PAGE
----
Gold Fields

Annual Report


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Our business

Environmental stewardship


Gold Fields seeks to enhance the environments in which it operates and limit the impact that mining can cause on the surrounding areas. To manage this, we remain committed to responsible environmental stewardship.

Gold Fields has three Group environment-related policy statements, on environmental stewardship, climate change and materials stewardship, and five environmental guidelines, on energy and carbon management, water management, tailings management, mine closure and biodiversity.Furthermore, all regions are aligning processes to our critical control management approach (Safety).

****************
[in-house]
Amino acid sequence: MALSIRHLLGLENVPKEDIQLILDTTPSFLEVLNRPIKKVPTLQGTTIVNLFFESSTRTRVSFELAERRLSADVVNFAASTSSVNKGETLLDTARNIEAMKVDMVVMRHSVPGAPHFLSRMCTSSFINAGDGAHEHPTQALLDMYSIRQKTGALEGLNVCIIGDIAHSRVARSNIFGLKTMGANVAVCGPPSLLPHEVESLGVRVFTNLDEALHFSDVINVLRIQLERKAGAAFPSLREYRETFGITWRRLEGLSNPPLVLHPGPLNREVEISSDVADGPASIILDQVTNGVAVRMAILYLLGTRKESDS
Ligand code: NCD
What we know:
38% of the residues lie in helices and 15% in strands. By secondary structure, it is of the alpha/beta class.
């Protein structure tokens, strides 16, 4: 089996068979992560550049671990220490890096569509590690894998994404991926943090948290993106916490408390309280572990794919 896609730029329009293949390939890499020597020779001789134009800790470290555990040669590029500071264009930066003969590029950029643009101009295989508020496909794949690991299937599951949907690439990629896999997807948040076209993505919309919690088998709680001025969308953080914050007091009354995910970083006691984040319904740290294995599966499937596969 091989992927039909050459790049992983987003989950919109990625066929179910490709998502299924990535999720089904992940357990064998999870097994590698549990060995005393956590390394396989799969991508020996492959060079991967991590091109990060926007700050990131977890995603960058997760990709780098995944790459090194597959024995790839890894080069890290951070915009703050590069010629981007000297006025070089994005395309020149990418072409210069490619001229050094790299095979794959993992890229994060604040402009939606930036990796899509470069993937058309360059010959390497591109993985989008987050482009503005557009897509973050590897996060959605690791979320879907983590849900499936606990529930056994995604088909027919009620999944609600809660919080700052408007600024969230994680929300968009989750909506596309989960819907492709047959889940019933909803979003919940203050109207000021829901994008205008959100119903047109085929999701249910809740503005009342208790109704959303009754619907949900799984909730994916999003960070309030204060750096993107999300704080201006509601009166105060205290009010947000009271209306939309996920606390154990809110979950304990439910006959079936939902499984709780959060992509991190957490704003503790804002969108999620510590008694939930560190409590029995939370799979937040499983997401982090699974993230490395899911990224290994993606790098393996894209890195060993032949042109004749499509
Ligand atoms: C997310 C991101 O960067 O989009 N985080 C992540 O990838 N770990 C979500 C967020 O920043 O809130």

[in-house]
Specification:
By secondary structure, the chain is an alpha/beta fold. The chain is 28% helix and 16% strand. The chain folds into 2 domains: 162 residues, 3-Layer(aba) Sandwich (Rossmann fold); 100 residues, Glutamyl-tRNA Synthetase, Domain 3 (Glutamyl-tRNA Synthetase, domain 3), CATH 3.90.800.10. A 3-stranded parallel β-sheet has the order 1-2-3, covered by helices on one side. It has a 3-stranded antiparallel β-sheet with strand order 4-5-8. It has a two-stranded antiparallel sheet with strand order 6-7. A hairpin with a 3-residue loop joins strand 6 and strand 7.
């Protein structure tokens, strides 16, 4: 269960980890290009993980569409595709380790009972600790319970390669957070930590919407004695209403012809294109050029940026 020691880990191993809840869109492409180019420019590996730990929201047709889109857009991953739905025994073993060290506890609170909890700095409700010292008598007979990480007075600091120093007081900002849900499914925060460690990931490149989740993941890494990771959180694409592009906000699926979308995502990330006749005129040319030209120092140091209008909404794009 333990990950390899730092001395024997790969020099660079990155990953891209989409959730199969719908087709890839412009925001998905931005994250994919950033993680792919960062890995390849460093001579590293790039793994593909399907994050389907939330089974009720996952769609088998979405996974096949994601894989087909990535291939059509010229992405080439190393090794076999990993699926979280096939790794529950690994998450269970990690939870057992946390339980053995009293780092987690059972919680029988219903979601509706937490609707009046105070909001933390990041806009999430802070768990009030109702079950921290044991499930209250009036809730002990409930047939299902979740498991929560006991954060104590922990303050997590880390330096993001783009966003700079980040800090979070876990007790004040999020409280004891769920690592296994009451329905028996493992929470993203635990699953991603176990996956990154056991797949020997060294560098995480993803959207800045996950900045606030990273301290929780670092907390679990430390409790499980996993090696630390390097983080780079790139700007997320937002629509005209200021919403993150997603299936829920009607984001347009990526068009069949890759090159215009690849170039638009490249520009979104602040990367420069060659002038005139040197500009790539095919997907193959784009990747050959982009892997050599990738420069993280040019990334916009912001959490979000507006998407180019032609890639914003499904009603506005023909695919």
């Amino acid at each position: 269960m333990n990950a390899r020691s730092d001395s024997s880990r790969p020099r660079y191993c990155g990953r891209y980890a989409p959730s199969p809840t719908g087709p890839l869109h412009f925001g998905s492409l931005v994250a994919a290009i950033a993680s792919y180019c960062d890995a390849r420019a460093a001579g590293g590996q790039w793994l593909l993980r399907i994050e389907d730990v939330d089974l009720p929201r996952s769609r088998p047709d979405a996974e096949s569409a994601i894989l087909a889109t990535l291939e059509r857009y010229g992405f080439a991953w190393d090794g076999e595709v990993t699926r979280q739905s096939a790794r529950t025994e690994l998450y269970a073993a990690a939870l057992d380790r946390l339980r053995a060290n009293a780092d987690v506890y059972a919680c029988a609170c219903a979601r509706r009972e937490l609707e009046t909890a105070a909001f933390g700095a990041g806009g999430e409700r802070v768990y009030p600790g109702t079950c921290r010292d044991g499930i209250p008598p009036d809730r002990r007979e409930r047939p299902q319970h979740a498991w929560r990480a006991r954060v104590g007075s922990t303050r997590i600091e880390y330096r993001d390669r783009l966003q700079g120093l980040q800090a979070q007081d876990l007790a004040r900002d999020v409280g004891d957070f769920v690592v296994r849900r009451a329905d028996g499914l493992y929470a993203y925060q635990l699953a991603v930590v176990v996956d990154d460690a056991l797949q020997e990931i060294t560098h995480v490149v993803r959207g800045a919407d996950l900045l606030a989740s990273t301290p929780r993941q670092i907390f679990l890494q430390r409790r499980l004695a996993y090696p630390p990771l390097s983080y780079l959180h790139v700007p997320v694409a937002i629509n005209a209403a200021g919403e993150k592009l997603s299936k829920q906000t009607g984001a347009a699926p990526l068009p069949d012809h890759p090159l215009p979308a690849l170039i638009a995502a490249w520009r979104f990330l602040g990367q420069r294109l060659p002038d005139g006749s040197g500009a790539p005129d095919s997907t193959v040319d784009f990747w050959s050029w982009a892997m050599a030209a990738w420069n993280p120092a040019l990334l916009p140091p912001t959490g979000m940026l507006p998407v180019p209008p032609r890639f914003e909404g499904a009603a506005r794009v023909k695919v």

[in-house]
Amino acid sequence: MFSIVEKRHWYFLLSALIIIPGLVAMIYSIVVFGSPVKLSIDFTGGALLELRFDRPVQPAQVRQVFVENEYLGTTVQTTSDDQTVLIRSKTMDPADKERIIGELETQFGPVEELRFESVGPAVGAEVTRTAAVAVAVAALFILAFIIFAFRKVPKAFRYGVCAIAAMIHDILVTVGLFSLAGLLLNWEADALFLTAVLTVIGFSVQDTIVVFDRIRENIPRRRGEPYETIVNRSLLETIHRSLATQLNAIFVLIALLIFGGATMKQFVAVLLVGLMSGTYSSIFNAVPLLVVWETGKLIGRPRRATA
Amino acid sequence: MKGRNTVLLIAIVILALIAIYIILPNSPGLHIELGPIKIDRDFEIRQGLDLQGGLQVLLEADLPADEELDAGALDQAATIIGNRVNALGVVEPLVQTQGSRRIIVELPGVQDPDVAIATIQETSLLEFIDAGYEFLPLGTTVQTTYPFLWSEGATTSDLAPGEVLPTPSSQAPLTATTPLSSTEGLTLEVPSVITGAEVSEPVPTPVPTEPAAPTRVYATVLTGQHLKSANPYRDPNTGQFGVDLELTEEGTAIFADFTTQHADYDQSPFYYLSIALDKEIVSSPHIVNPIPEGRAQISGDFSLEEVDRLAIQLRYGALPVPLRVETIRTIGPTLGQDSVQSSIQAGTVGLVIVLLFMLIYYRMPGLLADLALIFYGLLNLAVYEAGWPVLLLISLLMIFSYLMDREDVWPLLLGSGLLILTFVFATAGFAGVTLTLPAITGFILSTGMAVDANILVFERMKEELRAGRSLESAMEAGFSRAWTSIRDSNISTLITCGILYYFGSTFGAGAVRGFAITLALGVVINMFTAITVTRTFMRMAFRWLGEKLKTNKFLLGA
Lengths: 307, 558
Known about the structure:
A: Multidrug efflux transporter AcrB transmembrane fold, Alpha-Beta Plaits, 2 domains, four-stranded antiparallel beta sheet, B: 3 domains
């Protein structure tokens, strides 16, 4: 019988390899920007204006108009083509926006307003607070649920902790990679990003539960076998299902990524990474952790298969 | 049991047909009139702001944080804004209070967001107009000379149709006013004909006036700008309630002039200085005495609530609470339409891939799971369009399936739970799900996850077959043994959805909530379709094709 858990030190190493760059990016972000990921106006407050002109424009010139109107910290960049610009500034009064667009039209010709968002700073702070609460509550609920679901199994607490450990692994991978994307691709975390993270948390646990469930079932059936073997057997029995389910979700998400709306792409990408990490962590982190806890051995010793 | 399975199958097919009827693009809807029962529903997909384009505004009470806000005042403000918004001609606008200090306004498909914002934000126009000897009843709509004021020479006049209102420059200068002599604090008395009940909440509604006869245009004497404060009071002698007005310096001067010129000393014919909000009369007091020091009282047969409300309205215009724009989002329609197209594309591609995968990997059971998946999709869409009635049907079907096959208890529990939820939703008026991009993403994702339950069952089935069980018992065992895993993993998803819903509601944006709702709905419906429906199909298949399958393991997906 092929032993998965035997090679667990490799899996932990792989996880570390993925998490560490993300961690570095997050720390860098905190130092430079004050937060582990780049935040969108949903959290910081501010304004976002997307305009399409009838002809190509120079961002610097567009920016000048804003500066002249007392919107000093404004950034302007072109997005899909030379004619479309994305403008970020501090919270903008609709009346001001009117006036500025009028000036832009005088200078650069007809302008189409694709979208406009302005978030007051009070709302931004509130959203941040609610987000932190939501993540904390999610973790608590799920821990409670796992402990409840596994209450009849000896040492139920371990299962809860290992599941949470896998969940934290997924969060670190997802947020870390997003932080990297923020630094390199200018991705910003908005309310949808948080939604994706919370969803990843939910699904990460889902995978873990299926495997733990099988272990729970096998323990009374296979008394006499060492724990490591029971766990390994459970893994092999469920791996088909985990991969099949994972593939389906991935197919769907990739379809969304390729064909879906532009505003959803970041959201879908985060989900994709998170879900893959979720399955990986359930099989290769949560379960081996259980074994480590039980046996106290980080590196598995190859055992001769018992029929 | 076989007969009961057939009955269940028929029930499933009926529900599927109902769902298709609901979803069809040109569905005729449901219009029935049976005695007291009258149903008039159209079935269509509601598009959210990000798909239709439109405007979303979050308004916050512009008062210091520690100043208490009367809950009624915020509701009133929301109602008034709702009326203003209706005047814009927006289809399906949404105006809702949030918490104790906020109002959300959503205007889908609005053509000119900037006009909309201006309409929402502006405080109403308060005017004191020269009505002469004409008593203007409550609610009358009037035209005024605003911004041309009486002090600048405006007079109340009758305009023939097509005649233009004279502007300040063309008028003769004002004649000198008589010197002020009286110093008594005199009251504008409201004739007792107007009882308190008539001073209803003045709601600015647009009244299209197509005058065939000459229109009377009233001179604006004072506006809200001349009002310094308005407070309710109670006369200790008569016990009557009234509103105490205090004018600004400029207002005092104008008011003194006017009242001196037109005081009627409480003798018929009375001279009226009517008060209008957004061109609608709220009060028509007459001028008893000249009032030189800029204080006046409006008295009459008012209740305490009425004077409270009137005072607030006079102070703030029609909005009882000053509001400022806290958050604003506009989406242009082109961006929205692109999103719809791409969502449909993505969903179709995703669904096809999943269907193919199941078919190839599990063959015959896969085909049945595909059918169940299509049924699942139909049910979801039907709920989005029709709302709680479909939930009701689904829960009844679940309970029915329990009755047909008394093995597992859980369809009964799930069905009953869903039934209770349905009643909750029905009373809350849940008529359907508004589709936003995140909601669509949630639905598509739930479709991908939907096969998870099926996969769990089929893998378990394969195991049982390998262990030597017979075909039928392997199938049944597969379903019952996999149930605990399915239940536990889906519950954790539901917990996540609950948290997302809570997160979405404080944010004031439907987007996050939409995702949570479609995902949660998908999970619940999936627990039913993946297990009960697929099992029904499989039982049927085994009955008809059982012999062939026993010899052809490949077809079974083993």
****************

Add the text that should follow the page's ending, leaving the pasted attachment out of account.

Our approach to environmental stewardship is guided and informed by several external standards as well as local legislation, supported by risk management, internal policies and priorities. Additional local priorities are identified through stakeholder consultation.

All our mines are certified according to the International Cyanide Management Code (ICMC), which prescribes how to manage, treat, transport, store and dispose of cyanide. Our operations work to prepare for recertification audits every three years by helping to identify and address potential gaps in advance. South Deep, Damang and Tarkwa were successfully recertified during 2018 and Q1 2019. Gruyere was recommended for pre-operational certification. However, we are still awaiting confirmation by the International Cyanide Management Institute. Gold Fields does not use mercury for the beneficiation of gold or in any of its processes.